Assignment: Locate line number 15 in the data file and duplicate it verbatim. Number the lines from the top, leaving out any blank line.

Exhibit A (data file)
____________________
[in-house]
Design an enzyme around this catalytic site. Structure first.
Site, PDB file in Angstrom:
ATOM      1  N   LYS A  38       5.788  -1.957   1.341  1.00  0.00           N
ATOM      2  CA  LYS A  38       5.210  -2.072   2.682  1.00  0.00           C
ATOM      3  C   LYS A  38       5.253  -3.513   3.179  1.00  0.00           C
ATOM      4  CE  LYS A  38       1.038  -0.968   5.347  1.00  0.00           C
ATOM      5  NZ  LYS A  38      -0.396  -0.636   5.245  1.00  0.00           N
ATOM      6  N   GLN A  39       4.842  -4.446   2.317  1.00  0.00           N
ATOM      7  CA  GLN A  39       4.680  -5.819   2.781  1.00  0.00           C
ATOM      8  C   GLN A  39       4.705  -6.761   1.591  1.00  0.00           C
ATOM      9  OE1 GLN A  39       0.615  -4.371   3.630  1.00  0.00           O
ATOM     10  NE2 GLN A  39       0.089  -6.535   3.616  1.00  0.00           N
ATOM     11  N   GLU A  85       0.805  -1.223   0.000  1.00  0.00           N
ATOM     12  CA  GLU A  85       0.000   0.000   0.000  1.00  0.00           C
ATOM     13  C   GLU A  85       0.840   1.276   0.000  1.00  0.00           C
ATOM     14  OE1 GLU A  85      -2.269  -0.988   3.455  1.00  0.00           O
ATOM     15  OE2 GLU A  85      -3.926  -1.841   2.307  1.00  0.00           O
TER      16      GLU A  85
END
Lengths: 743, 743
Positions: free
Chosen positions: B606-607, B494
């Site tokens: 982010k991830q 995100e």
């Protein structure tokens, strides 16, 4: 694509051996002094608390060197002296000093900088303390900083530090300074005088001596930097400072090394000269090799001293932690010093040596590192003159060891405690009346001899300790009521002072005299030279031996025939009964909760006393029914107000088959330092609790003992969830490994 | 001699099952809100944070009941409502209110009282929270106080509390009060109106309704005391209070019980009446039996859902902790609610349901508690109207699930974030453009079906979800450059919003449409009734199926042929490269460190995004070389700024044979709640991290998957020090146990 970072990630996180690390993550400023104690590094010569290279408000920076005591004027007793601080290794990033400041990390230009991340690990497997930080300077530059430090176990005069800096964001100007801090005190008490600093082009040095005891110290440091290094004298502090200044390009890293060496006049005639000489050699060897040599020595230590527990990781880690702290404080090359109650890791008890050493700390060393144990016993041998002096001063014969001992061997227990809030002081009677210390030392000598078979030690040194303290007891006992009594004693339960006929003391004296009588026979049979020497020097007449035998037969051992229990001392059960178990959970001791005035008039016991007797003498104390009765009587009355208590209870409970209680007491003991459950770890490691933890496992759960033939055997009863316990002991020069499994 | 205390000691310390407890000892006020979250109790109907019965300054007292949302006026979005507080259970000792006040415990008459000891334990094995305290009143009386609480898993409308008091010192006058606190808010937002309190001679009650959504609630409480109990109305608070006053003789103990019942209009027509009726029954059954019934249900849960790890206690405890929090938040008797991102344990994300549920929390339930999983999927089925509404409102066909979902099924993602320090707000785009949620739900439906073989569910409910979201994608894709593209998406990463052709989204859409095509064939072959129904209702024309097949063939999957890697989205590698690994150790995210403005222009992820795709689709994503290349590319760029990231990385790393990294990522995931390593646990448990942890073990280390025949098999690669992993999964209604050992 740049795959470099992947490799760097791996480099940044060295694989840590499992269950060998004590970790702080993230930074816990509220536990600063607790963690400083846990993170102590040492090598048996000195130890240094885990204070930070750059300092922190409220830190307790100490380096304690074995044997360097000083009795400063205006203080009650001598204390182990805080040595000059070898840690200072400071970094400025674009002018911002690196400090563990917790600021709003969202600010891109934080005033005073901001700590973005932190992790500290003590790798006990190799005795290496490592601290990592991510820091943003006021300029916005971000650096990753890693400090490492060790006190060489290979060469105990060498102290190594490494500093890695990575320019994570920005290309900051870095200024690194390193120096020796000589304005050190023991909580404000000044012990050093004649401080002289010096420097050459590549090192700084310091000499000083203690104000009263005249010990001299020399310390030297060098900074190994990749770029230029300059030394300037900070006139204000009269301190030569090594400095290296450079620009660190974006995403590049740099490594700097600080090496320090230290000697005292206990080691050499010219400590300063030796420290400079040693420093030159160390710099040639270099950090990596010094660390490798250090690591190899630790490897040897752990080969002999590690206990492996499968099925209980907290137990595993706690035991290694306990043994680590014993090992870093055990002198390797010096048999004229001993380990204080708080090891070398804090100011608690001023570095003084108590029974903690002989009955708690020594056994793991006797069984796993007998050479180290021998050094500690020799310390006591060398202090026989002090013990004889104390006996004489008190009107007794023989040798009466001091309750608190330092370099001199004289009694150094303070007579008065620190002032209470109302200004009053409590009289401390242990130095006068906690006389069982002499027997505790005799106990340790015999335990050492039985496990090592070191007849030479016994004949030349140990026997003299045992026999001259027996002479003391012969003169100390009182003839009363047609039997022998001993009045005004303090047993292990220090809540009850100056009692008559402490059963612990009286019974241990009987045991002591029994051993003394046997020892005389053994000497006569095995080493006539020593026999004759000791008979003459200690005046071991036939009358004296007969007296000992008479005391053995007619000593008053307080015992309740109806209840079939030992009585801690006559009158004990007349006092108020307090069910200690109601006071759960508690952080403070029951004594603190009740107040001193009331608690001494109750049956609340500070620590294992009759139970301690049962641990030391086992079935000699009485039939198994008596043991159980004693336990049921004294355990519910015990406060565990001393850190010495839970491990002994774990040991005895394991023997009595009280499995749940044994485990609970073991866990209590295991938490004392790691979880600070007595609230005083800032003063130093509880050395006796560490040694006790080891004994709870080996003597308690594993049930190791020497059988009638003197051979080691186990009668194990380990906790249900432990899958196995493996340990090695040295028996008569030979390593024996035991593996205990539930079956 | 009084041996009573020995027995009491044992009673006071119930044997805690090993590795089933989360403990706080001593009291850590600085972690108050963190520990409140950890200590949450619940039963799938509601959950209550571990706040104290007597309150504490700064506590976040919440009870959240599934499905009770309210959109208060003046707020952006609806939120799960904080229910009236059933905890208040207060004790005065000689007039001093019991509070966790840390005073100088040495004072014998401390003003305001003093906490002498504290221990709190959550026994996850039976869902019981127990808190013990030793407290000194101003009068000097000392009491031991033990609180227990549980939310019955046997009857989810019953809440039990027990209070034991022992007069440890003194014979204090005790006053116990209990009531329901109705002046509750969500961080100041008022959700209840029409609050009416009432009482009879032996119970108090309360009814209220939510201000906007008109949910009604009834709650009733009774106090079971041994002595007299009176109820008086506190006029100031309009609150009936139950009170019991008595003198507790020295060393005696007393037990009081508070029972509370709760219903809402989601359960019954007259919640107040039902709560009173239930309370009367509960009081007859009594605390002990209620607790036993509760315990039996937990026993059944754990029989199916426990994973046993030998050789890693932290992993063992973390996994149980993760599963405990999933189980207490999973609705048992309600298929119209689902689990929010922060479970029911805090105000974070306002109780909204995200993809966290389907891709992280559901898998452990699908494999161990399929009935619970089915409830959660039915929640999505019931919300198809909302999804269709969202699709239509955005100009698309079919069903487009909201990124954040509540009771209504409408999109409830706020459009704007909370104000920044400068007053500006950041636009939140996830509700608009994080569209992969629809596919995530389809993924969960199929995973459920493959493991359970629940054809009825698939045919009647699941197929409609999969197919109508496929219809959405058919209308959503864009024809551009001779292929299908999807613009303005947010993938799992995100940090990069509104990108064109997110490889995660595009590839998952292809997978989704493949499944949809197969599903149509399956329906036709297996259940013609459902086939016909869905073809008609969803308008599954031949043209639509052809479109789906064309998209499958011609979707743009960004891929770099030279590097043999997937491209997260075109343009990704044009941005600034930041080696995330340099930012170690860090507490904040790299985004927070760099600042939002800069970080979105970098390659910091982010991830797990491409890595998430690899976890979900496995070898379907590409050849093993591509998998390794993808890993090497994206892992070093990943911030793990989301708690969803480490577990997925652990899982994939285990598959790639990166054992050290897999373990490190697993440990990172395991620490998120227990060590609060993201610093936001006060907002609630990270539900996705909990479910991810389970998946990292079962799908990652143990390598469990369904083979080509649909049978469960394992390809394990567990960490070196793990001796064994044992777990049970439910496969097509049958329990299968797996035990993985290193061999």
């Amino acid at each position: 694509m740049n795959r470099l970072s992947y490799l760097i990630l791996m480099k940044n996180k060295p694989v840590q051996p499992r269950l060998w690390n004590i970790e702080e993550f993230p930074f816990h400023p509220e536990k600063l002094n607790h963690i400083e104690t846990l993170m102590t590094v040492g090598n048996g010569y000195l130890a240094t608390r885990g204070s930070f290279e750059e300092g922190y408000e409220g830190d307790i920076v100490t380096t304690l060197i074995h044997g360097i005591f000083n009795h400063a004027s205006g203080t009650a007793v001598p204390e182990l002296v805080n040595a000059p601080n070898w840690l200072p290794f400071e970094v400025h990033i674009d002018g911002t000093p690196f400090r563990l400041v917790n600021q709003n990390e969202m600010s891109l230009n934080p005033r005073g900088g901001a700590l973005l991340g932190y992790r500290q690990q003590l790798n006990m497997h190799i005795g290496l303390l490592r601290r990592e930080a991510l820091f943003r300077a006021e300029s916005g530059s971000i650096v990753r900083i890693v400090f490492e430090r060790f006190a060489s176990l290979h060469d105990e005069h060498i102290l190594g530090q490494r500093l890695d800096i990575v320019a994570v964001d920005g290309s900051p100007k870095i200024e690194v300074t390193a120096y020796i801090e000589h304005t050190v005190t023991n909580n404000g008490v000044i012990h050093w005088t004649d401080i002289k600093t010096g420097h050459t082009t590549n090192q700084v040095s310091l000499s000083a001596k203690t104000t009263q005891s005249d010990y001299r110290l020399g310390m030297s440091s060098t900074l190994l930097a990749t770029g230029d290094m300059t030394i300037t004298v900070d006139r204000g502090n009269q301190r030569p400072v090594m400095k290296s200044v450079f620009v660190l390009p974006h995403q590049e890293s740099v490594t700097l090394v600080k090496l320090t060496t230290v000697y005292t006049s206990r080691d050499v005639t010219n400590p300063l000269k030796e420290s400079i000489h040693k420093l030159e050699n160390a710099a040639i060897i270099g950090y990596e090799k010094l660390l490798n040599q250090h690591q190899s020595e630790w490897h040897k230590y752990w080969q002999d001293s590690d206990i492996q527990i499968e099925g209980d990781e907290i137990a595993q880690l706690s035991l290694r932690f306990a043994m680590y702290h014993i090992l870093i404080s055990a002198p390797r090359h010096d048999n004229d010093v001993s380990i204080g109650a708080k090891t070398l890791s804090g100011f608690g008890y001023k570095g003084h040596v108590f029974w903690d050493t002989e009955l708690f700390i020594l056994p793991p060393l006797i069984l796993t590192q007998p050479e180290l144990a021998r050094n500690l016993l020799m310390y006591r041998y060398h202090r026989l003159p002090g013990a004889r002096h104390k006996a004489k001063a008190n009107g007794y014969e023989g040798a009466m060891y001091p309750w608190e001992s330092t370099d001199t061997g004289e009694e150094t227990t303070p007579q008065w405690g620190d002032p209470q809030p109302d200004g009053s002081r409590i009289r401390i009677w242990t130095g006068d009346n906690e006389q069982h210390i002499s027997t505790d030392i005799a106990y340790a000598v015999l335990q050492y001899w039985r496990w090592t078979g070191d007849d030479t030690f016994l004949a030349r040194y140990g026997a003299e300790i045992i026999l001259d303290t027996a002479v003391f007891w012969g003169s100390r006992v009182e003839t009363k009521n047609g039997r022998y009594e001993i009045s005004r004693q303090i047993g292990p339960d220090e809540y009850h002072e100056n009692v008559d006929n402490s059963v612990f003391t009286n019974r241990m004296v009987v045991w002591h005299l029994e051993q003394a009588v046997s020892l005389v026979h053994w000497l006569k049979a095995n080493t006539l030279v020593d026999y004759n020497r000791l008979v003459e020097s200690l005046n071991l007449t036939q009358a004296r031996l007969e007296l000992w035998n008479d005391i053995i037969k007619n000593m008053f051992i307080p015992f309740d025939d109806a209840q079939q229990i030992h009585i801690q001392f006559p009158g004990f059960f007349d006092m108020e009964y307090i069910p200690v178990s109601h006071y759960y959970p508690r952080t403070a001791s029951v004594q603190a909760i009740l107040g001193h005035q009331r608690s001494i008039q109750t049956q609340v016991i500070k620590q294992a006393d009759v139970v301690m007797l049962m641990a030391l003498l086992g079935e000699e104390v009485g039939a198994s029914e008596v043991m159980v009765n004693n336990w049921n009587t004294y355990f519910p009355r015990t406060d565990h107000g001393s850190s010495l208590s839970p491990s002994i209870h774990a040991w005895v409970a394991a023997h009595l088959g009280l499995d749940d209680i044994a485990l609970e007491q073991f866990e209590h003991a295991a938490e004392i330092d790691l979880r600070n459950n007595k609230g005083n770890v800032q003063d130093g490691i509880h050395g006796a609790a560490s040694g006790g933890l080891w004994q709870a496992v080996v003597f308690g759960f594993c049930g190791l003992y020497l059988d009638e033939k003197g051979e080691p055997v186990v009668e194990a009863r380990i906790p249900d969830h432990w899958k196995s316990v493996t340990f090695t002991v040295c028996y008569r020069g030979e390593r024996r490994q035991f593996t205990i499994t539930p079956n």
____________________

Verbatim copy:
ATOM     12  CA  GLU A  85       0.000   0.000   0.000  1.00  0.00           C